You have done everything right. You planted the tubers in the fall , loosened the soil and fertilized the root zone, but the crocus does not bloom. There are several possible reasons for a lack of flowering. These include improper soil conditions, planting errors, animal pests, or you just didn’t get good bulbs. We’ll explore the possibilities and find out how to get a crocus to bloom.
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No crocus bloom? These are the possible reasons
Along with snowdrops and wintercreepers, crocuses are among the most popular early bloomers of all. As true harbingers of spring, they can show off their beautiful blossoms even in snow and frost, reminding us of the coming spring. But what if you plant crocuses in the fall and eagerly await them all winter, only to see an empty field in front of you in February, March, April and well into May? Or maybe your crocuses bloomed perfectly the first year, but now they’re struggling to bud and bloom? Worse yet, maybe the tubers have pushed spiky green leaves out of the ground, but no buds have joined them. Any of these scenarios can be frustrating, so here we’ve identified some possible reasons that could be preventing your crocuses from blooming.
Crocus won’t bloom because of wrong soil
If you planted the crocus bulbs in unsuitable soil, then this may prevent them from blooming in late winter. Hardy bulbs need loose, well-drained soil to get through the top layer of soil and show off their impressive blooms. If the soil is too heavy and sandy or too thick and loamy, perhaps the spiky leaves will not be able to push through the soil.
Here’s what you can do now:
In a medium-sized container, mix topsoil and compost in a 1:1 ratio. Put on your gardening gloves and use a trowel or your fingers to carefully dig out the first two or three inches of soil above the bulbs. Try not to dig up the bulbs themselves. Then work the mixture into the soil. This should create a loose soil that absorbs and drains water well. The crocus leaves should now be able to push through the loosened soil and turn into bright flowers.
No bloom because of rotten bulbs
Sometimes a rotten bulb is the cause of your crocus problems. That’s why you should always check bulb tubers for signs of rot by pinching them between your thumb and forefinger before planting. They should feel firm instead of soft and squishy or dry and flaky.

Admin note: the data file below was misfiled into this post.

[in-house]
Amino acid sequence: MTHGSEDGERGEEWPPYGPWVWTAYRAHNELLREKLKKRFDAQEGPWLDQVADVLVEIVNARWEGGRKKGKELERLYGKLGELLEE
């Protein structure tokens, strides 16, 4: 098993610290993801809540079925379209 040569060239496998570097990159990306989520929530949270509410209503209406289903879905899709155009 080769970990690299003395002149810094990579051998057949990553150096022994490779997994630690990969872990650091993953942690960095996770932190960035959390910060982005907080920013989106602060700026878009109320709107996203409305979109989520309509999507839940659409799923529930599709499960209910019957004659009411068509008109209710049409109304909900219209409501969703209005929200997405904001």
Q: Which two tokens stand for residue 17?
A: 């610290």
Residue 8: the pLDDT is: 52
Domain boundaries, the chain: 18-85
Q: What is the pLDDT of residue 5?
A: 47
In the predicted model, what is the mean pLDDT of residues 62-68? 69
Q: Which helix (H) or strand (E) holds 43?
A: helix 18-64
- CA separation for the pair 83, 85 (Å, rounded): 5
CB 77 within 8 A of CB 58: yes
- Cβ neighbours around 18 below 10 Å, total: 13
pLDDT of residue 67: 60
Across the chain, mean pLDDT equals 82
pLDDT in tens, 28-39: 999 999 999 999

You should also always plant onion bulbs as soon as possible after you buy them. If you wait too long to do this, the bulbs may rot, resulting in lack of flowering.
Animals in the garden can prevent the crocus from blooming
Mice and squirrels in the garden can be responsible for your crocus not blooming. Rodents can dig the planted tubers out of the ground and eat them. Even if not all of the crocus bulbs have been eaten, without contact with the soil, the early bloomers cannot form roots and will not come into bloom. To protect your bulbs and tubers from mouse predation next season, you can plant them in a special planting basket. A wire mesh over the bed can help against squirrels and other above-ground animals.
The tubers were planted too deep
Still planting in the fall, you need to be careful not to set the crocus tubers too deep into the soil. Just like other bulb and tuber plants, crocuses cannot form buds if they are too deep. This can cause the bulbs to rot or form foliage but no flowers because they have put a lot of energy into developing the tubers. However, it may also be that the bulbs simply take longer to emerge and you need to be patient.
In addition, you should avoid planting the bulbs too shallow. A rule of thumb is that the planting hole should be three times as deep as the bulb is tall. If you don’t plant your bulbs deep enough, they may be exposed to too much temperature fluctuation in the winter because they are not insulated by the soil. They will also be susceptible to pests, as mentioned earlier.
Crocus does not bloom because of climate change
One possible reason your crocuses aren’t blooming could simply be a change in weather from last year to this year. Climate change requires a shift in planting dates from early blooming plants to allow them to root well. If the tubers are planted in soil that is too warm, they may sprout too early and then freeze, preventing flowering in the spring.
Climate change can also shift the bloom time of early bloomers, causing them to bloom in March instead of February. Since crocuses can survive cold and snow, be a little patient and look for the bright flowers to sprout from the ground.
Here’s how to get a crocus to bloom
If you’ve ruled out everything else for crocuses that aren’t blooming, it’s time to remove the tubers. Over time, tubers and bulbs grow in. This means they will produce many more tubers and eventually the planting area will become crowded. Dig up the bed, separate the tubers and plant them individually in prepared soil.
The first step to ensure flowering is to select whole tubers that are free of disease. Select the healthiest and most robust to ensure beautiful flowering.
Follow soil preparation instructions and fertilize the root ends of the tubers when planting. Leave the foliage in place so that the tubers can gather energy for the formation of next season’s flowers.